After receiving the result on May 2, the employee was immediately quarantined at home and would remain separate for two weeks. The employee will then submit to another test before returning to work.

“Our command staff worked diligently to put in place the right policies and procedures to fight COVID-19,” Sheriff Nielsen said. “We have been fighting against this invisible enemy for many months and will not stop. Although we hoped to have zero positive results of over 250 total tests, the hard work of our entire staff has brought the number of positive results to one reduced. this time. “

Gov. Holcomb update on response

Gov. Eric Holcomb and state leaders provide an update on the response to COVID-19.

Help for businesses that reopen

Businesses that reopen and need PPE will get help starting Wednesday.

The state-run PPE market will accept orders from small businesses and nonprofit organizations.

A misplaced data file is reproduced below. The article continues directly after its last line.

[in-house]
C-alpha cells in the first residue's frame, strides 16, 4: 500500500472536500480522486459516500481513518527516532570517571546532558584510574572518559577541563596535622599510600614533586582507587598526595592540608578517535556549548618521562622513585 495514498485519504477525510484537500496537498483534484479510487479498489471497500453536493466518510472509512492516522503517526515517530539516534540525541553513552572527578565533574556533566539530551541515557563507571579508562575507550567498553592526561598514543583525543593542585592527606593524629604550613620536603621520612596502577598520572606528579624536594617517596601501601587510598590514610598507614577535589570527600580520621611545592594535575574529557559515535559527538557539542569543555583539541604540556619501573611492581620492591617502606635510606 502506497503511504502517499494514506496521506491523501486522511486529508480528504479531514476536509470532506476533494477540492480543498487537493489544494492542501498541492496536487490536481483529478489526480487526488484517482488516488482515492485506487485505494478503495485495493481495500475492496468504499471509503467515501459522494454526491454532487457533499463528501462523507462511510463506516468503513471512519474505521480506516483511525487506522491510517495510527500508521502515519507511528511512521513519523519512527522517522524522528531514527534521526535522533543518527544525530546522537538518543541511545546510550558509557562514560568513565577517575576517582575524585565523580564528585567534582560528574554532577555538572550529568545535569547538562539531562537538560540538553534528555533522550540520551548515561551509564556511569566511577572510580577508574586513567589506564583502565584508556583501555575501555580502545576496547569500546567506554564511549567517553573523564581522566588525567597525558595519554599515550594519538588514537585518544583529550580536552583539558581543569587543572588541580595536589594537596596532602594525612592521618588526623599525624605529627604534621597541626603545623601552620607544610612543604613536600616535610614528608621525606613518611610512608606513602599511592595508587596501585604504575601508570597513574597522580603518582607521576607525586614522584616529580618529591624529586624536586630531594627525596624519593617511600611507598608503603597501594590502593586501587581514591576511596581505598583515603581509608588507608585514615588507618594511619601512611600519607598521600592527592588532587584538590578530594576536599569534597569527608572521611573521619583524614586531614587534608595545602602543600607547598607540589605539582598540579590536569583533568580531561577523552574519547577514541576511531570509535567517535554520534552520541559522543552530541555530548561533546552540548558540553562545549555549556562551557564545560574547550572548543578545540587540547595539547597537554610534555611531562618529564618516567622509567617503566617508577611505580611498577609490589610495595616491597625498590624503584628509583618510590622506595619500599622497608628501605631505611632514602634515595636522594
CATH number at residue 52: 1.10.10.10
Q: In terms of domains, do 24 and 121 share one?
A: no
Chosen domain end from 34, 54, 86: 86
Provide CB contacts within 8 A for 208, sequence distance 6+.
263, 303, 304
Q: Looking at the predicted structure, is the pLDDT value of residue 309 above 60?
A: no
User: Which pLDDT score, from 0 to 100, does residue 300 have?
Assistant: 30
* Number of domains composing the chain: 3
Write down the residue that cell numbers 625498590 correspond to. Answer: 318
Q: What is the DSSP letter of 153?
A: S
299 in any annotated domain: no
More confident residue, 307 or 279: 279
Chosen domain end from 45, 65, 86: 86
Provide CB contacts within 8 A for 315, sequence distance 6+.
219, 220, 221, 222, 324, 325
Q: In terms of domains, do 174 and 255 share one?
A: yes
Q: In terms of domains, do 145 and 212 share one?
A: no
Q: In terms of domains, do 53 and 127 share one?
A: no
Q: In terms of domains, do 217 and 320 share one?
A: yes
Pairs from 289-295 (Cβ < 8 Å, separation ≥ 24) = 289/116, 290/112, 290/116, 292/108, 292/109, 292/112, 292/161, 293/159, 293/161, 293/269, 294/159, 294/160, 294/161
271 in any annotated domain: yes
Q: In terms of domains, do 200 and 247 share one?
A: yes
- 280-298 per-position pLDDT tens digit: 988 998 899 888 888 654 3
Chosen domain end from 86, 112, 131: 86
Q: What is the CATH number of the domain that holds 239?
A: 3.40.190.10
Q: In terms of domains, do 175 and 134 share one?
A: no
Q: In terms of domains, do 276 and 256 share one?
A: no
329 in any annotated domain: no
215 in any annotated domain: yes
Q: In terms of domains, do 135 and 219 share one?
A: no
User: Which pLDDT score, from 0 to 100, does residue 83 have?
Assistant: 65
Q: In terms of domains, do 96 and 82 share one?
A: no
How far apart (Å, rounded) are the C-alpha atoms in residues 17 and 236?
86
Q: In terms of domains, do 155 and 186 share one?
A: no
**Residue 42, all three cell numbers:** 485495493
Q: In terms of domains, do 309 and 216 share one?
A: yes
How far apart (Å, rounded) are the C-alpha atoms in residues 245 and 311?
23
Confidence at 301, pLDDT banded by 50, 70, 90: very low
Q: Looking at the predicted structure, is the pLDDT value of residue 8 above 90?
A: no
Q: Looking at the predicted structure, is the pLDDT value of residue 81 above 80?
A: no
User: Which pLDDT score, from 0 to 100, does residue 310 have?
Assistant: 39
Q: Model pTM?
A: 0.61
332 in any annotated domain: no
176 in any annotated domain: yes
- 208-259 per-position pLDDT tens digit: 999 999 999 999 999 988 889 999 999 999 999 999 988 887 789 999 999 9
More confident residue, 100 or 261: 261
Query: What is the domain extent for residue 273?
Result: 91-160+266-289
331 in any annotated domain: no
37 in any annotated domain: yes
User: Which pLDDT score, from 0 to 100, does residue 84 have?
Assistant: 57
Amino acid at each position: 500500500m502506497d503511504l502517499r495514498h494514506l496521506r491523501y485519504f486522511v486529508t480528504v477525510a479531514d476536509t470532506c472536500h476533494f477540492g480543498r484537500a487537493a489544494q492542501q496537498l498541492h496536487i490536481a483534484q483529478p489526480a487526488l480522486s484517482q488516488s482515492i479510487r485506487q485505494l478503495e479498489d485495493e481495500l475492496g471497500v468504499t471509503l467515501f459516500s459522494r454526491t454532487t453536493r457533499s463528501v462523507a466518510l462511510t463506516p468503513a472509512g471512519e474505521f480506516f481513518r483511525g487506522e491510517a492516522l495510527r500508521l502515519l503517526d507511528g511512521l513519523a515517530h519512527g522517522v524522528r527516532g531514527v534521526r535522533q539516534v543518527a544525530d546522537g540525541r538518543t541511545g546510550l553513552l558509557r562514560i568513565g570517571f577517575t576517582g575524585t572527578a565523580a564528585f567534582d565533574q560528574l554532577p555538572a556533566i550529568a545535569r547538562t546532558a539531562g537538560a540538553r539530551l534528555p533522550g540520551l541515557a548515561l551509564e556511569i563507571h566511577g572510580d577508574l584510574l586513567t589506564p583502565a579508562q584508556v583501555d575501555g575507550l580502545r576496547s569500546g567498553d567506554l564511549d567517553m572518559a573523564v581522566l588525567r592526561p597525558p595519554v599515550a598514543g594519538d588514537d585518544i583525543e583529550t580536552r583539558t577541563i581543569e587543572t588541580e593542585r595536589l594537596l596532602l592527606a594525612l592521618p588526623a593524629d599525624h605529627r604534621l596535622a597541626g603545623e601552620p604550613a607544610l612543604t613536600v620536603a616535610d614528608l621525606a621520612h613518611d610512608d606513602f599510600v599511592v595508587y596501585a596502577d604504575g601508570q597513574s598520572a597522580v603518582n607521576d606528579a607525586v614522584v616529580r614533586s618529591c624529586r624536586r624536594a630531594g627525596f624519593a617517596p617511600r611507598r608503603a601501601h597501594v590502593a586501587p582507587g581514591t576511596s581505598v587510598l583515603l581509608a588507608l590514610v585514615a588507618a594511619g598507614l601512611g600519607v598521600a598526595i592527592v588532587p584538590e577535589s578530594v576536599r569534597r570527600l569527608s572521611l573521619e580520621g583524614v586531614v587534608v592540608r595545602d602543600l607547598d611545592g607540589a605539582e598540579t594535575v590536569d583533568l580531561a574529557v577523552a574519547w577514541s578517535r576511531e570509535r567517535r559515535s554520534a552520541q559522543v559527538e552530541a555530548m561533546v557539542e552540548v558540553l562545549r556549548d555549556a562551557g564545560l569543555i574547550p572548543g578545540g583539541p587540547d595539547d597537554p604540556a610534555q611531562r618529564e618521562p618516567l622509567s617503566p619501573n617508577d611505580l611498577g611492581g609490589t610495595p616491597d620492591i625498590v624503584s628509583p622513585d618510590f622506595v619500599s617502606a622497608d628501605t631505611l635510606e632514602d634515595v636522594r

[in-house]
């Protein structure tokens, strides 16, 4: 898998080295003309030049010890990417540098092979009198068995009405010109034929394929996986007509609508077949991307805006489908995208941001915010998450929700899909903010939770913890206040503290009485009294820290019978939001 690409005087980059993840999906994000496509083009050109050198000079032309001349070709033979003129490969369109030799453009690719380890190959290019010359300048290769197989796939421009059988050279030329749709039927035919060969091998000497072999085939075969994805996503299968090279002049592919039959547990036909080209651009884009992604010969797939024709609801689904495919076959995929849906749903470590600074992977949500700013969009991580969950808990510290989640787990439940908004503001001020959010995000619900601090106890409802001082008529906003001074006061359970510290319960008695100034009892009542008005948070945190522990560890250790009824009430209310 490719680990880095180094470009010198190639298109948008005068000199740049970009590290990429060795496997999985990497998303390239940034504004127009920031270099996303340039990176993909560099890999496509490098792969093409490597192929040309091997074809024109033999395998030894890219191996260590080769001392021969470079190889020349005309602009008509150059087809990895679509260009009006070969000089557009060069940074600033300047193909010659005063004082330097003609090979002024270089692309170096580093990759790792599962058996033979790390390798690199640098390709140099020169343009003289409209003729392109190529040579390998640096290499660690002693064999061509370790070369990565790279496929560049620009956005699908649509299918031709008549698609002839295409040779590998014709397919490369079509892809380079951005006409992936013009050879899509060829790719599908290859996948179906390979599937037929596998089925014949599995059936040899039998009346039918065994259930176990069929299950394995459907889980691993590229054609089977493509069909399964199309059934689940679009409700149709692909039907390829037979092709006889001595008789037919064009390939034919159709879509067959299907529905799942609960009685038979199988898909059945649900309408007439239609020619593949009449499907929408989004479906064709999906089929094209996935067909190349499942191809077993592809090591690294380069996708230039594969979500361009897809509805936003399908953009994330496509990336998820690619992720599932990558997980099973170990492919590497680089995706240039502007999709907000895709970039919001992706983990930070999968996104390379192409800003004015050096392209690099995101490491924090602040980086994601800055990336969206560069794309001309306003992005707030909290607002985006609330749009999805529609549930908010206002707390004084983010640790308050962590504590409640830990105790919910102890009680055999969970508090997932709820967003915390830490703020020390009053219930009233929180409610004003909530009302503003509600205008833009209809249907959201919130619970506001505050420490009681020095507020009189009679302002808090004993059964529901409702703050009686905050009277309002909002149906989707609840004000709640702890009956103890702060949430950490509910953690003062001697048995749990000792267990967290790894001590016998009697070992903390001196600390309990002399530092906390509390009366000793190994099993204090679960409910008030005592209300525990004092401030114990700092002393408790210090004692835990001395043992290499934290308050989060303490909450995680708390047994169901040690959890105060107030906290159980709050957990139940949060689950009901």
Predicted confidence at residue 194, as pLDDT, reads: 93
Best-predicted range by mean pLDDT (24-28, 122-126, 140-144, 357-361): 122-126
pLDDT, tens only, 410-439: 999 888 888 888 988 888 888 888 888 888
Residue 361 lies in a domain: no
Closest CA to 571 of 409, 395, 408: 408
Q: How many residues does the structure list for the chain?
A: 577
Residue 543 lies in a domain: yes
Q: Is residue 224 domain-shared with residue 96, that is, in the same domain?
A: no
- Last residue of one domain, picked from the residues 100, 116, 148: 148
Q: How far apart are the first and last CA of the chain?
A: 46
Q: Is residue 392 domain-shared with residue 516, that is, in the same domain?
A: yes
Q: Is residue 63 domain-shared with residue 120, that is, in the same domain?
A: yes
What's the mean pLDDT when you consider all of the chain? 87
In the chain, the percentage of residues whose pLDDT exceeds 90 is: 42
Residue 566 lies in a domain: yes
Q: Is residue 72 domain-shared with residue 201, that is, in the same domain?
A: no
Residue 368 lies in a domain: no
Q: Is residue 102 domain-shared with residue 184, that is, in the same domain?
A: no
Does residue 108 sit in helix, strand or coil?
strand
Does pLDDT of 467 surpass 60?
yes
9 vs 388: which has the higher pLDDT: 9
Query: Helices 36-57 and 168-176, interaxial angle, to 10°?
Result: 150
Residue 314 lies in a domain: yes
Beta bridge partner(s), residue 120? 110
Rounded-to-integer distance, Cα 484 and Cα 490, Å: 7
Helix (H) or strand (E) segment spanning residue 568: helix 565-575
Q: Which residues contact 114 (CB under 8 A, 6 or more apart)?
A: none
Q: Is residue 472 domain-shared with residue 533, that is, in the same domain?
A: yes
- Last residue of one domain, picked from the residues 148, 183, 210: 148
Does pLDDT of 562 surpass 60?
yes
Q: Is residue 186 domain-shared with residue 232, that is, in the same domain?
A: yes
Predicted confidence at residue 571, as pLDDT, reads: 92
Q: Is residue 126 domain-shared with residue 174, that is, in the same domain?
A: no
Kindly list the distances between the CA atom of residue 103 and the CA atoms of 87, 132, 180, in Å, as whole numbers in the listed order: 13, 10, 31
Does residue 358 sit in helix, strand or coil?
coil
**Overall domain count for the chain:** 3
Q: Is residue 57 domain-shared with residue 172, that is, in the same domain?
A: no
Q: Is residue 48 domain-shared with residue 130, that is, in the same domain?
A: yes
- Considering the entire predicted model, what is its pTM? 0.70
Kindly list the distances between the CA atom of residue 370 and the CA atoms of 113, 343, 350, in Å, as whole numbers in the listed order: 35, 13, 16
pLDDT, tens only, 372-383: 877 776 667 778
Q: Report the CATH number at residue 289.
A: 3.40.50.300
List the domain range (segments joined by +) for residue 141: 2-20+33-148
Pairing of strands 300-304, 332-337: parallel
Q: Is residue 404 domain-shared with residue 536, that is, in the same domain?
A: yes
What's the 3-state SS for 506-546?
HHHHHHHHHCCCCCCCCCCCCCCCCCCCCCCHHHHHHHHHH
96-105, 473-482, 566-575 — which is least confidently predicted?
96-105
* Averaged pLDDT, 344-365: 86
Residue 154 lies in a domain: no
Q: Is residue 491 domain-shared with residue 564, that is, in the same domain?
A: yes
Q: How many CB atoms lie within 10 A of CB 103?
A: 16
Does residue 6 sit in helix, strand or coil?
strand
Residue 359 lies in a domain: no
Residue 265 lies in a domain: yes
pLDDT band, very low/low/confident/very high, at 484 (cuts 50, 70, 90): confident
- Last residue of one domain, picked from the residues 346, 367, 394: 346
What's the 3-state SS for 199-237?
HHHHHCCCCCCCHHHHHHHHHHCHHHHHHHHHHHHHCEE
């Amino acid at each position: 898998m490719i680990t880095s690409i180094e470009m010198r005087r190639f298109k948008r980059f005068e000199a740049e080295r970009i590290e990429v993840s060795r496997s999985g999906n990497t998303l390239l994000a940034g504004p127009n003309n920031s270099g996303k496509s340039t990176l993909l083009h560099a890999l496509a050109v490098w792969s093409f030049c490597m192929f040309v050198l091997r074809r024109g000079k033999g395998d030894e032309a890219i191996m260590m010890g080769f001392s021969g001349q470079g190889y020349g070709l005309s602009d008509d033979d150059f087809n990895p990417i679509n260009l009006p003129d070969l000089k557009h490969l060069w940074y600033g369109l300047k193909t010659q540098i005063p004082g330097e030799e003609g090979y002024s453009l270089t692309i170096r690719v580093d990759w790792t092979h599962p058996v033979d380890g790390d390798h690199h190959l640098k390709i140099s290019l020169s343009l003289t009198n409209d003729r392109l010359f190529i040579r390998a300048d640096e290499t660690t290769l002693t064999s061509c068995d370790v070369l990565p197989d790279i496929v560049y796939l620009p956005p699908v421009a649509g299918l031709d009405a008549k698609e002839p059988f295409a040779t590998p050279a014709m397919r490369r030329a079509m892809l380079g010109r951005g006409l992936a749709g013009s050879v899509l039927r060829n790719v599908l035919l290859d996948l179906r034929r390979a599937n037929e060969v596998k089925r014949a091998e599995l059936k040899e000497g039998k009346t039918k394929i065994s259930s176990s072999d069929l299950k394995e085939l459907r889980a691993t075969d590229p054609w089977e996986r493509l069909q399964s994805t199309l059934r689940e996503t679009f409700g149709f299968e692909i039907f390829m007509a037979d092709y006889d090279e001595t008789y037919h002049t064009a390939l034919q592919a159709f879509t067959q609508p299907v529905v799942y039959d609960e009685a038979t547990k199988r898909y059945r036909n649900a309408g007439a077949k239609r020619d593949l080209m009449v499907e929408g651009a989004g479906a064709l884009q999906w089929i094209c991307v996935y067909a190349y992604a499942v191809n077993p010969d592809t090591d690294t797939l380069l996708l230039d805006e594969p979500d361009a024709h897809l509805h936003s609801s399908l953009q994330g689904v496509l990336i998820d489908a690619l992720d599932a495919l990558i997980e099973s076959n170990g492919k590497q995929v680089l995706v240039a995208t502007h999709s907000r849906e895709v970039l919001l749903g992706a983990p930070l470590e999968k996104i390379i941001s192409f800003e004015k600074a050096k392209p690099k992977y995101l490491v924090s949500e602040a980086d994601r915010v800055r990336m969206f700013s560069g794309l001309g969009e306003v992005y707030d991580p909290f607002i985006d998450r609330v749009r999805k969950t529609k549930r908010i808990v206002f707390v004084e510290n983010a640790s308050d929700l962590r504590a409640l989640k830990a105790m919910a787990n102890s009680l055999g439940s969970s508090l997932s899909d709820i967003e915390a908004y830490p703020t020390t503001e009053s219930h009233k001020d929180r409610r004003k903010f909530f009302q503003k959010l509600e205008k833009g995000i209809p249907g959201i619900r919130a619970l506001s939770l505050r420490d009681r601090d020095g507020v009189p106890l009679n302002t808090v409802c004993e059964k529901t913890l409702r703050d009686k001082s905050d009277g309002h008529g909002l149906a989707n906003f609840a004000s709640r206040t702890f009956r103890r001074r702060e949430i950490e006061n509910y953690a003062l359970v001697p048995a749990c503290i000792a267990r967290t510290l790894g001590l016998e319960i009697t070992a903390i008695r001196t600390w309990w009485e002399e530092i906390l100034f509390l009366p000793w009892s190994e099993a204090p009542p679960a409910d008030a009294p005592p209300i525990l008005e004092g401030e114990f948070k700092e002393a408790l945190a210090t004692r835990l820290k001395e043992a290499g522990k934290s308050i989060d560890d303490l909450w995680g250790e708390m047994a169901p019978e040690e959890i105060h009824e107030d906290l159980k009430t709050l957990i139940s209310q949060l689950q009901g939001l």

The goal is to deliver about 10,000 orders each week while delivering the first Friday.

Who qualifies:

  • Businesses or nonprofit organizations registered to do business in Indiana
  • Those who employ less than 150 people
  • An organization that must use PPE to reopen and comply with secure workplace requirements
  • Businesses should try to order PPE from the state market as a backup

The state of Indiana initially argues free of charge. This may change at some point and businesses will be notified.

The bundles that non-profit businesses and organizations receive will include masks, hand sanitizers and face shields. Some orders are only partially filled.

ISDH daily report

Indiana reported another 541 cases and 62 more deaths on Tuesday. This brings a total of 21,033 positive cases and 1213 positive deaths.

All the new positive cases were reported between Sunday and Monday, while the reported deaths date to 31 March.

To date, more than 115,000 Hoosiers have been tested for the virus.

The latest American, world numbers

According to Johns Hopkins University, there were 1.18 million confirmed cases of COVID-19 in the US as of 4:15 p.m. Tuesday morning. There were nearly 69,000 deaths and more than 187,000 people recovered.